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Healthcare in Consumer Protection Act 2019, VP Shantha and why you should read the source

There are good journalists and bad journalists. It is the reader's duty to discern between what is right and what is wrong. The problem in the 21st century is that that duty is completely thrown into water under the guise of "forwarded as received".

There are a lot of articles in newspapers talking about dropping the world "healthcare" from the list of services under the consumer protection act of 2019. Many of them have fancy headlines suggesting that healthcare will not be a service that falls under the ambit of the new consumer protection act. At least some of them have written objectively stating where the word is dropped from without going into judgement on what this means.

But many doctors are reading headlines and thinking that the consumer protection act will not apply to healthcare henceforth. What they need to read to know they are wrong is just one judgement by the Supreme Court in the "Indian Medical Association vs VP Shantha, 1995" case.

That judgement was specifically about settling the question of whether healthcare is a service that falls under the definition of service as defined in the consumer protection act (the act of 1986). For ease of reference I will quote the definition from the old act:

" "service" means service of any description which is made avail­able to potential users and includes, but not limited to, the provision of  facilities in connection with banking, financing insurance, transport, processing, supply of electrical or other energy, board or lodging or both, housing construction, entertainment, amusement or the purveying of news or other information, but does not include the rendering of any service free of charge or under a contract of personal service;"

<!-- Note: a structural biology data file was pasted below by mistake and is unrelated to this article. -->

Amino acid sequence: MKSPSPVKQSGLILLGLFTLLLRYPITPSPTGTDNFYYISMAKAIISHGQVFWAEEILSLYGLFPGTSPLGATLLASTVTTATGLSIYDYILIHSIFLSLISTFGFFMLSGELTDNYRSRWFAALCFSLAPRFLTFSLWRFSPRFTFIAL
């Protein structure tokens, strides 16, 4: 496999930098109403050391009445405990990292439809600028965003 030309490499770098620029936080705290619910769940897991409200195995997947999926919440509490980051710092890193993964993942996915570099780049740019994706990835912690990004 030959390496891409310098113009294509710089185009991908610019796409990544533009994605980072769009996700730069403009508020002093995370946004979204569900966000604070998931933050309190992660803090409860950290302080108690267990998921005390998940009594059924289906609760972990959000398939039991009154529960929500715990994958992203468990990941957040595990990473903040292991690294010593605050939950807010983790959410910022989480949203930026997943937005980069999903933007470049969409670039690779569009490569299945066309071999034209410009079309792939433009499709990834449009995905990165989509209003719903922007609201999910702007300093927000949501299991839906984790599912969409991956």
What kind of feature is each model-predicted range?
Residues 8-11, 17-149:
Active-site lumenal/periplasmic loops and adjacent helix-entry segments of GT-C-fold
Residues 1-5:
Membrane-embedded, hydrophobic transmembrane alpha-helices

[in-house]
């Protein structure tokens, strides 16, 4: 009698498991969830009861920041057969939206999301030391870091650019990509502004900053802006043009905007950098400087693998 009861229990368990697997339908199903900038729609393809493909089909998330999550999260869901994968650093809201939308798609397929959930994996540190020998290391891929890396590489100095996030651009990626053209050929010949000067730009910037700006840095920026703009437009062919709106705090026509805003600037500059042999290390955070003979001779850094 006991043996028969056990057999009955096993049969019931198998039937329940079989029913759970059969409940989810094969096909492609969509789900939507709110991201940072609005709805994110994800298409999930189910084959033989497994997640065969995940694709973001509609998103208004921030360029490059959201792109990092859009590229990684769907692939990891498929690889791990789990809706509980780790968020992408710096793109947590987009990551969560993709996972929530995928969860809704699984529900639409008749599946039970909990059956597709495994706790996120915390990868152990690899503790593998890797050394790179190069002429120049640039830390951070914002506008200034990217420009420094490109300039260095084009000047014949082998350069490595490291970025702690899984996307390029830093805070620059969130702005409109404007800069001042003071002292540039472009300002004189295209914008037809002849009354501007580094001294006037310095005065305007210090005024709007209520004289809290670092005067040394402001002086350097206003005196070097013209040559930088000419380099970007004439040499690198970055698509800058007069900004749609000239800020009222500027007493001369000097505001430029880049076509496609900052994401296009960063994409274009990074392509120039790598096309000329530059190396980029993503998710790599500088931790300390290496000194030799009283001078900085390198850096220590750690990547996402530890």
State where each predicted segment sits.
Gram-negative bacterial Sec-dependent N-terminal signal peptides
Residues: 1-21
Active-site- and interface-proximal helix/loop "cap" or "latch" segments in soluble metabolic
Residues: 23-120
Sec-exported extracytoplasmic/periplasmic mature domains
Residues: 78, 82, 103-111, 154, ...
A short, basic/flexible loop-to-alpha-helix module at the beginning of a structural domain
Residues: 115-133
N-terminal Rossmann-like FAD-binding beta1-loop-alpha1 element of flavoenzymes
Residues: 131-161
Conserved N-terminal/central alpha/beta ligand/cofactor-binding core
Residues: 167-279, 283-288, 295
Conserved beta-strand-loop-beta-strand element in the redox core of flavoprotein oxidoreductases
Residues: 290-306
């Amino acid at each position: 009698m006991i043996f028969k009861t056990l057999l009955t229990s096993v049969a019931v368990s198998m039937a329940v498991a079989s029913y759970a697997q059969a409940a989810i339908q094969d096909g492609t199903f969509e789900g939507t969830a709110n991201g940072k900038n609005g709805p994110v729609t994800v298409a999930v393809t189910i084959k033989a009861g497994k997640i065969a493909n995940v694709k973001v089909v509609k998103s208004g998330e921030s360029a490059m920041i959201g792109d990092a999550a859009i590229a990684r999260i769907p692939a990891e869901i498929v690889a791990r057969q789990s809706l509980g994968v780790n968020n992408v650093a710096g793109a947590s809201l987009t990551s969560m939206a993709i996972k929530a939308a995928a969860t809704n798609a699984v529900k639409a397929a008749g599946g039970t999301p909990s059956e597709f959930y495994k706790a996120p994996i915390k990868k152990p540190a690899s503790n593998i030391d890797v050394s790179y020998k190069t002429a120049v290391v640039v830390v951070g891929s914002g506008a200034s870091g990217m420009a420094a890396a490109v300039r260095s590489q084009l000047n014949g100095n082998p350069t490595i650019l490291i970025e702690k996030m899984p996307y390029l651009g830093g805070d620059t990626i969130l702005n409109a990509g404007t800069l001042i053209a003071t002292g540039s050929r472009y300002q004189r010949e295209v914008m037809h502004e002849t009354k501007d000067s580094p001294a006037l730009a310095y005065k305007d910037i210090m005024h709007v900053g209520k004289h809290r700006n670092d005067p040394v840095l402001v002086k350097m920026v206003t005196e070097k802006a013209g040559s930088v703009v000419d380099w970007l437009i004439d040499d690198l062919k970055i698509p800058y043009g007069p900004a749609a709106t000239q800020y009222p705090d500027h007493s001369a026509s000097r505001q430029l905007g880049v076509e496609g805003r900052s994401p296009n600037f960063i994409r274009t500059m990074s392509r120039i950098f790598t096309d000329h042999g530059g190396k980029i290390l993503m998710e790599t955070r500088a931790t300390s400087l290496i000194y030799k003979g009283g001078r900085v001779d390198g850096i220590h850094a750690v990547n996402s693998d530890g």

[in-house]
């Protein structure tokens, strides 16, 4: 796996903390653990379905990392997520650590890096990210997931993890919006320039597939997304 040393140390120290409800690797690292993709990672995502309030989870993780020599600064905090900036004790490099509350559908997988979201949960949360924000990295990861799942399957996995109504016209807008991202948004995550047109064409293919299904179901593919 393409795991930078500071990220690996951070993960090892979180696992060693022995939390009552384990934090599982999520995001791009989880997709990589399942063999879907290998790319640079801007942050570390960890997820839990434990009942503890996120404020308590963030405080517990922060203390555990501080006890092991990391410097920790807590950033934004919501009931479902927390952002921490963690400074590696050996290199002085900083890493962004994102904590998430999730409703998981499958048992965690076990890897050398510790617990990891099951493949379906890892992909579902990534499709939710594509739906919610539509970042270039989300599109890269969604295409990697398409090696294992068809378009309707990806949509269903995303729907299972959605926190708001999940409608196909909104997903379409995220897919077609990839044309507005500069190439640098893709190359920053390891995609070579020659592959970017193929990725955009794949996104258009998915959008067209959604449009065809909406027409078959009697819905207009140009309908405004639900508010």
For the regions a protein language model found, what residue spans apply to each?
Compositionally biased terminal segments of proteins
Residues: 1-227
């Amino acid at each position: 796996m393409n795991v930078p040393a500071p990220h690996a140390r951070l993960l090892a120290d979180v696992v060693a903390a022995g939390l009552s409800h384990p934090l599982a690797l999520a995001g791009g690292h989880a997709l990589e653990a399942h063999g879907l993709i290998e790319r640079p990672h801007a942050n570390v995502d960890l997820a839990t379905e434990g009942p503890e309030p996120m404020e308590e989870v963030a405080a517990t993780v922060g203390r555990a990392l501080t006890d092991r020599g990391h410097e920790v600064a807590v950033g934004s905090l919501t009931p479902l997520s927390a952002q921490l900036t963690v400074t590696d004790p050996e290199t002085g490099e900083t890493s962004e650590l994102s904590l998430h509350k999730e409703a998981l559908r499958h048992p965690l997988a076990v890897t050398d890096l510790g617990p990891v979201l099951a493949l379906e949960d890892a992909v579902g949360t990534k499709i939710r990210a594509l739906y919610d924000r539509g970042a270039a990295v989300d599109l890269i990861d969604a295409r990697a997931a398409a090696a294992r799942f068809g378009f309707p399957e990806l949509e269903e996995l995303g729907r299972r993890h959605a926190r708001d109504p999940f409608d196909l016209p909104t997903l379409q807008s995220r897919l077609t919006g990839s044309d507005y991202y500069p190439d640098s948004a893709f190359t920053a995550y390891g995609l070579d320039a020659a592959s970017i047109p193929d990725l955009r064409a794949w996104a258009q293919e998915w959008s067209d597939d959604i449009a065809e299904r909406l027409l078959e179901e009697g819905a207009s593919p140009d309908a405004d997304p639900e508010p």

Notice that healthcare is not specifically mentioned. Supreme Court read this definition and confirmed that healthcare is included in the broad definition of "service of any description" and spelled out conditions where it would be excluded.

Now, here is the definition from the new act:

""service" means service of any description which is made available to potential users and includes, but not limited to, the provision of facilities in connection with banking, financing, insurance, transport, processing, supply of electrical or other energy, telecom, boarding or lodging or both, housing construction, entertainment,amusement or the purveying of news or other information, but does not include the rendering of any service free of charge or under a contract of personal service;" (emphasis for words that have been added)

Where is the "healthcare" word dropped from then? Well, it is from the draft bill that was introduced.

Now you can read the full judgement on how the new definition also includes healthcare in it.


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